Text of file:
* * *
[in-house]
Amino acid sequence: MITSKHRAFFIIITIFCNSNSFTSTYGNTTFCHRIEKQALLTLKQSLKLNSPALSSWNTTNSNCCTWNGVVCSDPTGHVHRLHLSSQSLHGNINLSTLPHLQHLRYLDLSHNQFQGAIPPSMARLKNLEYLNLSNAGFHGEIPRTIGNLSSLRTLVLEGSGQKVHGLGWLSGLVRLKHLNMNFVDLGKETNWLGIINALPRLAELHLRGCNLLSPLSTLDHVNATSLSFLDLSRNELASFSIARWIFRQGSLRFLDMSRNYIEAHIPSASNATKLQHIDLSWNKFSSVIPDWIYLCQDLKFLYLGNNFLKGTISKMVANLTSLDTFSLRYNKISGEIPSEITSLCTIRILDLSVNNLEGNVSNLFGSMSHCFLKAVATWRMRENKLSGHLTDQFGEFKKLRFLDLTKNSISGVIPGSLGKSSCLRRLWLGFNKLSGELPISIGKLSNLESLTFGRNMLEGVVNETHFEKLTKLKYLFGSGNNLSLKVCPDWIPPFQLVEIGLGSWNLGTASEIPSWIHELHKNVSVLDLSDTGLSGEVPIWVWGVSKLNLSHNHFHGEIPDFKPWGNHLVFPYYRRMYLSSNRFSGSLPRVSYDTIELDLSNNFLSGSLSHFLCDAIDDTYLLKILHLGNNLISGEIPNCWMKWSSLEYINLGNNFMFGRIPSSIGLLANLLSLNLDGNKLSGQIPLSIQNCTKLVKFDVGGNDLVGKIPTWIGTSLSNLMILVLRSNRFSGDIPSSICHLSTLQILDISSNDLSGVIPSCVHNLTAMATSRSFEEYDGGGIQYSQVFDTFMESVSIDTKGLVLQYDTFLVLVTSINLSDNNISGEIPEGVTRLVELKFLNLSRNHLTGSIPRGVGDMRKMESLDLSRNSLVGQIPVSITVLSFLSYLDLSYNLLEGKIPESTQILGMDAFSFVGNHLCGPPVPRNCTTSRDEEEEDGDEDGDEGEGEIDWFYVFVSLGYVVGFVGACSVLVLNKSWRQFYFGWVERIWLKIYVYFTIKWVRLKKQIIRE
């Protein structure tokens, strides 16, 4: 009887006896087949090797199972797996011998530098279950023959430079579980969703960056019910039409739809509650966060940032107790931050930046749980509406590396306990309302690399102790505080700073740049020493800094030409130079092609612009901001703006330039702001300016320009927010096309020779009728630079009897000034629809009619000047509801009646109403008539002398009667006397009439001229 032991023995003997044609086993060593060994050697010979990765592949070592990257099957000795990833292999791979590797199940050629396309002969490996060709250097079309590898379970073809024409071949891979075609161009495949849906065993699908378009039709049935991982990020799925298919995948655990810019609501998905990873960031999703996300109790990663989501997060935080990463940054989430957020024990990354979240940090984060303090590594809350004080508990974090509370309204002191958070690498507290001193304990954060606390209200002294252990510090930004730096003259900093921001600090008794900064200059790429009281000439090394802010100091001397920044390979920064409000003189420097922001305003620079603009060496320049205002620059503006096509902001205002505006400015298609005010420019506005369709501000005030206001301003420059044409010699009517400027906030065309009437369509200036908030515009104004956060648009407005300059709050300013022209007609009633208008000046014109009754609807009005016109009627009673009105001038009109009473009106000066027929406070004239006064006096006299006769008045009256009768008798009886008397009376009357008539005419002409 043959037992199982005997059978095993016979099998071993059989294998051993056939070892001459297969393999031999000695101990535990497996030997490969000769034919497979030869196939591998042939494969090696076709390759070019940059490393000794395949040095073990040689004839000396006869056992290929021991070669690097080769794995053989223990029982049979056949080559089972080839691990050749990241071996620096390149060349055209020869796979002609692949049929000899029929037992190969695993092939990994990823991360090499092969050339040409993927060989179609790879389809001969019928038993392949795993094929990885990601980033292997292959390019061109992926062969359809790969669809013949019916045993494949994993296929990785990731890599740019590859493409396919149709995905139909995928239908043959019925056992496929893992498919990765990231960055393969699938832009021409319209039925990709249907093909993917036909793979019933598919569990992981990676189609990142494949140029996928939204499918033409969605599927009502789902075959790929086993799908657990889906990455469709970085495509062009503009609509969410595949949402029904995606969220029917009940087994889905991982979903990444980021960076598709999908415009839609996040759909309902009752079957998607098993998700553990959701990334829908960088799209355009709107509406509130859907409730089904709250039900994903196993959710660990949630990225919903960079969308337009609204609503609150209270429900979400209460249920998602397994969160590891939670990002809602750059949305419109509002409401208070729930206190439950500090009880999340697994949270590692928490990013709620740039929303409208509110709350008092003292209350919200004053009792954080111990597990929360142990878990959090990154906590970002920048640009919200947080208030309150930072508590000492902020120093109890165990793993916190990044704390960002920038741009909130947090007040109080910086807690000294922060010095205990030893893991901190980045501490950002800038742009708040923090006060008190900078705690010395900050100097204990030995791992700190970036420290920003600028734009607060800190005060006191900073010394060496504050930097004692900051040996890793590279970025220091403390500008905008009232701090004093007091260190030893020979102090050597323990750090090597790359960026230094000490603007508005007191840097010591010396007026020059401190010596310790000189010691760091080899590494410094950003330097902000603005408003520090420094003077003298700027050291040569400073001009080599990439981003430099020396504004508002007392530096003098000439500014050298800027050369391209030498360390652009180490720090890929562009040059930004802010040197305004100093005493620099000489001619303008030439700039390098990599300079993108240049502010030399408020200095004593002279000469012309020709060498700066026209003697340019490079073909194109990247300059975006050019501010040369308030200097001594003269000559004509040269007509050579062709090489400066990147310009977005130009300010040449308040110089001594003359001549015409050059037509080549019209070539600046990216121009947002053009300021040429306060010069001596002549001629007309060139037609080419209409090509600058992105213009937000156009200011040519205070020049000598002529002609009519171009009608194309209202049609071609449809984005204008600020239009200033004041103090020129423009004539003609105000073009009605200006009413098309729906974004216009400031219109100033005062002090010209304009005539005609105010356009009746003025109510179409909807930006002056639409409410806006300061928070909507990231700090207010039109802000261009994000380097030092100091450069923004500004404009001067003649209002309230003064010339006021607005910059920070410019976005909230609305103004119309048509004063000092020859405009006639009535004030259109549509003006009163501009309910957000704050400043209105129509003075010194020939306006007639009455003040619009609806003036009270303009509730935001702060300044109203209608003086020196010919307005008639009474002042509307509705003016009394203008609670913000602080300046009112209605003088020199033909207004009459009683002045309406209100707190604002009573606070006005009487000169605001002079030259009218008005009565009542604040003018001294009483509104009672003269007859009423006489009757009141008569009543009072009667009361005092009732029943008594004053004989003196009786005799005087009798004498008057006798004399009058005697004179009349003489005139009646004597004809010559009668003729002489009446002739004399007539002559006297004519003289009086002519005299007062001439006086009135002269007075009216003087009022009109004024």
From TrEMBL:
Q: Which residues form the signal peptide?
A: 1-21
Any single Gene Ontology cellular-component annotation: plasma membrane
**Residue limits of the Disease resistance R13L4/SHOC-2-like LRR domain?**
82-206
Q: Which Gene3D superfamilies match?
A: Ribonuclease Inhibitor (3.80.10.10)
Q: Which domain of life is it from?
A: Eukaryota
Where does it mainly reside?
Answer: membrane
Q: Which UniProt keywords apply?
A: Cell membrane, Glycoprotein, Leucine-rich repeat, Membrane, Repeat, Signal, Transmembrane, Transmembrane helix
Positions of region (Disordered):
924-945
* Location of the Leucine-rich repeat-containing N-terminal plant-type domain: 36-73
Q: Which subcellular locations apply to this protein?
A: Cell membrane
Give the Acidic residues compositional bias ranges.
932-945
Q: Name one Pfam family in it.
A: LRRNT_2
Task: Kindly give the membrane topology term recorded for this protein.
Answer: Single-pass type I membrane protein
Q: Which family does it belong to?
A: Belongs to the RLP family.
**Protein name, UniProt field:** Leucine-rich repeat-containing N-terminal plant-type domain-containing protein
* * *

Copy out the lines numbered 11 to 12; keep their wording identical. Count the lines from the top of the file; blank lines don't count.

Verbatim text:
A: Ribonuclease Inhibitor (3.80.10.10)
Q: Which domain of life is it from?